If you’re a Medicare beneficiary and your lawsuit is about to settle, you may need to take action to continue to receive benefits. Many people in this situation establish a Medicare set-aside.
When you’re just getting started with settlement planning, the next steps might seem complex. We’ve curated some of the information and posts on topics that may be helpful. Consider starting your research with any of the articles below. As always, feel free to contact my comprehensive settlement planning firm, Milestone Consulting, with any questions.
A Medicare set-aside is an amount of money that’s literally put aside to protect your future Medicare eligibility. It’s a good-faith, voluntary arrangement that shows you are prepared to fund future care without relying solely on Medicare.
For more information about what a Medicare set-aside does, click here to check out our post, “Do I Need to Establish a Medicare Set-Aside if I Receive a Settlement?”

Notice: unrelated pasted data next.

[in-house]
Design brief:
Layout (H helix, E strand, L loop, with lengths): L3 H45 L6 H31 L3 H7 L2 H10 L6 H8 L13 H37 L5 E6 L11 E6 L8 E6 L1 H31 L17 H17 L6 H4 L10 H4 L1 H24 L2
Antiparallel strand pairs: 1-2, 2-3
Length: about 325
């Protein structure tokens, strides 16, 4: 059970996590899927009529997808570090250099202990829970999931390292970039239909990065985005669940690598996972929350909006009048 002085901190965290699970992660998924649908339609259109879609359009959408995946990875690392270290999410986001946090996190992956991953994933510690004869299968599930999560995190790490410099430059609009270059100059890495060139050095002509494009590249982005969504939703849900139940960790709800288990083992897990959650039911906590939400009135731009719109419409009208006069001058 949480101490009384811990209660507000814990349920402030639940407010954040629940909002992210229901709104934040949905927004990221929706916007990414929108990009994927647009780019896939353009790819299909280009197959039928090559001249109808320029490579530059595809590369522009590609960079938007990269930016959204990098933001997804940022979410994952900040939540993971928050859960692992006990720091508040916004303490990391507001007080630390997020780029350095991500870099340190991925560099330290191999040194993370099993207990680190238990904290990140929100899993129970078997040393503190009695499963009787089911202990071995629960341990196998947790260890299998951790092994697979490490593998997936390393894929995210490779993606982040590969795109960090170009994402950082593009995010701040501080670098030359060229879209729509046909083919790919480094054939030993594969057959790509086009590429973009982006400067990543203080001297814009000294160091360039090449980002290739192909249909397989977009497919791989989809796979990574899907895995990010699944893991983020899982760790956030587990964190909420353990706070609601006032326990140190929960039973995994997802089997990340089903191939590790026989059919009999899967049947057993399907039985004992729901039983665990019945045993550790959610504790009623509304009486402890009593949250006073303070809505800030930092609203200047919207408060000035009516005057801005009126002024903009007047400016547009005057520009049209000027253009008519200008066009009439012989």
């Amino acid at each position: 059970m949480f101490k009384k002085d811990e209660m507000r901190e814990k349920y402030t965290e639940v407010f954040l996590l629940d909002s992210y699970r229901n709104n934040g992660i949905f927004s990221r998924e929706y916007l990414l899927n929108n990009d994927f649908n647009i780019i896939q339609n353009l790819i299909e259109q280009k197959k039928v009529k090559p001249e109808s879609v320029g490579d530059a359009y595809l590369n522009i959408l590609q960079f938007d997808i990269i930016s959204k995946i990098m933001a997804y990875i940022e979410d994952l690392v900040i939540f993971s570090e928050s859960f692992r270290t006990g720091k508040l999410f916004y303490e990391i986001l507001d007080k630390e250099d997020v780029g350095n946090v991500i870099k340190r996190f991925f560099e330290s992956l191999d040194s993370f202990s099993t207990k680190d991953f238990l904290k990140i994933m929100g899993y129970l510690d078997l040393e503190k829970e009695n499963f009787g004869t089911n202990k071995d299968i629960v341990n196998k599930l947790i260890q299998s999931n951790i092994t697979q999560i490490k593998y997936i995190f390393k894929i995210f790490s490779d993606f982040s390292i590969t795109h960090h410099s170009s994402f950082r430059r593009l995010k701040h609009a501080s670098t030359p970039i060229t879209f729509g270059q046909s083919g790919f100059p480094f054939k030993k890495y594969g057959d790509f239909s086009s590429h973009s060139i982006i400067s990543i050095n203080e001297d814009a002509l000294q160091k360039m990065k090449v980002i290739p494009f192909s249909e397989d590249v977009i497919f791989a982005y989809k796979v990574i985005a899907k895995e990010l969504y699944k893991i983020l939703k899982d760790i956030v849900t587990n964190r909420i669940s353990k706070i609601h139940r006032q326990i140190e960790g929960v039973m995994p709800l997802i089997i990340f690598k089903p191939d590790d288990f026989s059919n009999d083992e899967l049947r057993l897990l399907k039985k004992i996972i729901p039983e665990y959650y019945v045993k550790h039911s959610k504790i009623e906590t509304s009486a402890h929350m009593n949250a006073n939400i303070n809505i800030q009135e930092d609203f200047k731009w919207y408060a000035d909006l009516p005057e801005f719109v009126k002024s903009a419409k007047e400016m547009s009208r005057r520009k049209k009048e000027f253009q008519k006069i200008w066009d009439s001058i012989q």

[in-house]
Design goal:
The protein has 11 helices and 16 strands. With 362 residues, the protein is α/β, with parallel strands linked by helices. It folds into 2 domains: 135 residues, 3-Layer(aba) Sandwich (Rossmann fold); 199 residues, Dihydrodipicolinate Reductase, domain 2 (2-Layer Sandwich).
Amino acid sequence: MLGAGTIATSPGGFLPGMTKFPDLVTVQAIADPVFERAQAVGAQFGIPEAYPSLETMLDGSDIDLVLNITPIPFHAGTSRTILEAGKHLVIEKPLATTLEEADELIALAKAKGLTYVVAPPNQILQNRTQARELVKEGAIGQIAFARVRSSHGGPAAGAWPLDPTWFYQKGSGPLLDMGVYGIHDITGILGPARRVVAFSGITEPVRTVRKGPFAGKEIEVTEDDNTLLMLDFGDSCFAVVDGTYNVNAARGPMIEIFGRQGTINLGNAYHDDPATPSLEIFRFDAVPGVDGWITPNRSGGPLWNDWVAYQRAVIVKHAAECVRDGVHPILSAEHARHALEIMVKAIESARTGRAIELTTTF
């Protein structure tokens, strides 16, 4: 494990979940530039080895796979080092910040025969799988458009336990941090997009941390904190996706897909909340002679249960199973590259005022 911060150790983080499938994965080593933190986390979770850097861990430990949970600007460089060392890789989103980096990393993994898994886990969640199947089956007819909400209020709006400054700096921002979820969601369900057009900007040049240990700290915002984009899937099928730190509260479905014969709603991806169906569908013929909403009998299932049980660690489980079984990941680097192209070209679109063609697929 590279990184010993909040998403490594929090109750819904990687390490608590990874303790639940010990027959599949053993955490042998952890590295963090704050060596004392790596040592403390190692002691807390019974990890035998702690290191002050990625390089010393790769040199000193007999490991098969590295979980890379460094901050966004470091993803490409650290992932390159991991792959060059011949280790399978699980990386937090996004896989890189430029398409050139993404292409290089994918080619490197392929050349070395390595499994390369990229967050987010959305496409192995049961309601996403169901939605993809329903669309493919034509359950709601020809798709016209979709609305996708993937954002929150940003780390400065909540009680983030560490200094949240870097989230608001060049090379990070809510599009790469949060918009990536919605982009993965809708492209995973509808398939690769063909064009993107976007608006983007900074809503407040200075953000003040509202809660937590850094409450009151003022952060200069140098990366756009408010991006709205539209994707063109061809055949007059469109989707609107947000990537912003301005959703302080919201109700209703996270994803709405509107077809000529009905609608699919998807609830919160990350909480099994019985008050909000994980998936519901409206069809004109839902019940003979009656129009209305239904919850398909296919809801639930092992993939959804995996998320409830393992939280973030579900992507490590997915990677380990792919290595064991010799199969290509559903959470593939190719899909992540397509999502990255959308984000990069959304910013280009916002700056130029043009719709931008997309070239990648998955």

Medicare beneficiaries can either elect to self-administer their Medicare set-aside, or they can retain a professional administration firm to handle this complex legal process. Our article, “Medicare Set-asides and Self Administration” explains the funding and administration options for these accounts. Read more here.
What Happens to the Money Later?
Beneficiaries and/or their family members often ask about the portion of the money in the Medicare set-aside that may be left over when he or she passes away. Click here to find out what might happen to the balance.
Check out our free ebook for more topics related to Medicare set-asides.
When a settlement is on the horizon, deciding on the best plan can be overwhelming without a professional on board. For expert guidance, we invite you to contact Milestone Consulting to schedule a consultation. It will be the peace of mind you need to know your settlement will be as valuable as possible now and in the future.
A West Point graduate where he served as captain and military aviator, John Bair continues his commitment to our country through his efforts within the settlement planning industry. He has represented families of victims lost in the Flight 3407 crash, offered pro bono services to the families of 9/11 victims and drafted the first consumer protection bill for plaintiffs (H.R. 3699).